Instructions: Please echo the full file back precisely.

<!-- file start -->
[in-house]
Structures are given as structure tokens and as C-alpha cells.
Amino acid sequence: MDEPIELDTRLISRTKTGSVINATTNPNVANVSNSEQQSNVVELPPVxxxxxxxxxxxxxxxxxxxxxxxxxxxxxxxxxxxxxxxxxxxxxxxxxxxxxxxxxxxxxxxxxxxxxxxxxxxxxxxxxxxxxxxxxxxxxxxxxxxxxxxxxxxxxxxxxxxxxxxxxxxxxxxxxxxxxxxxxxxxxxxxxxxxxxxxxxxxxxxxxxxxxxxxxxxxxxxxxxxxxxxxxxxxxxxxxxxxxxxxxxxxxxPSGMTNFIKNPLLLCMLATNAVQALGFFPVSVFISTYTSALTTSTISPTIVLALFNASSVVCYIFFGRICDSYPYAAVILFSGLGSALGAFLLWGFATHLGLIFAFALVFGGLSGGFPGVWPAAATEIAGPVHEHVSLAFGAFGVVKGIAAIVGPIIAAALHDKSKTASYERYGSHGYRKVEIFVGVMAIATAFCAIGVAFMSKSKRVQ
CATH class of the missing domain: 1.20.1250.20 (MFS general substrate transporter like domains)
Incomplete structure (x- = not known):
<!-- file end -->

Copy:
[in-house]
Structures are given as structure tokens and as C-alpha cells.
Amino acid sequence: MDEPIELDTRLISRTKTGSVINATTNPNVANVSNSEQQSNVVELPPVxxxxxxxxxxxxxxxxxxxxxxxxxxxxxxxxxxxxxxxxxxxxxxxxxxxxxxxxxxxxxxxxxxxxxxxxxxxxxxxxxxxxxxxxxxxxxxxxxxxxxxxxxxxxxxxxxxxxxxxxxxxxxxxxxxxxxxxxxxxxxxxxxxxxxxxxxxxxxxxxxxxxxxxxxxxxxxxxxxxxxxxxxxxxxxxxxxxxxxxxxxxxxxPSGMTNFIKNPLLLCMLATNAVQALGFFPVSVFISTYTSALTTSTISPTIVLALFNASSVVCYIFFGRICDSYPYAAVILFSGLGSALGAFLLWGFATHLGLIFAFALVFGGLSGGFPGVWPAAATEIAGPVHEHVSLAFGAFGVVKGIAAIVGPIIAAALHDKSKTASYERYGSHGYRKVEIFVGVMAIATAFCAIGVAFMSKSKRVQ
CATH class of the missing domain: 1.20.1250.20 (MFS general substrate transporter like domains)
Incomplete structure (x- = not known):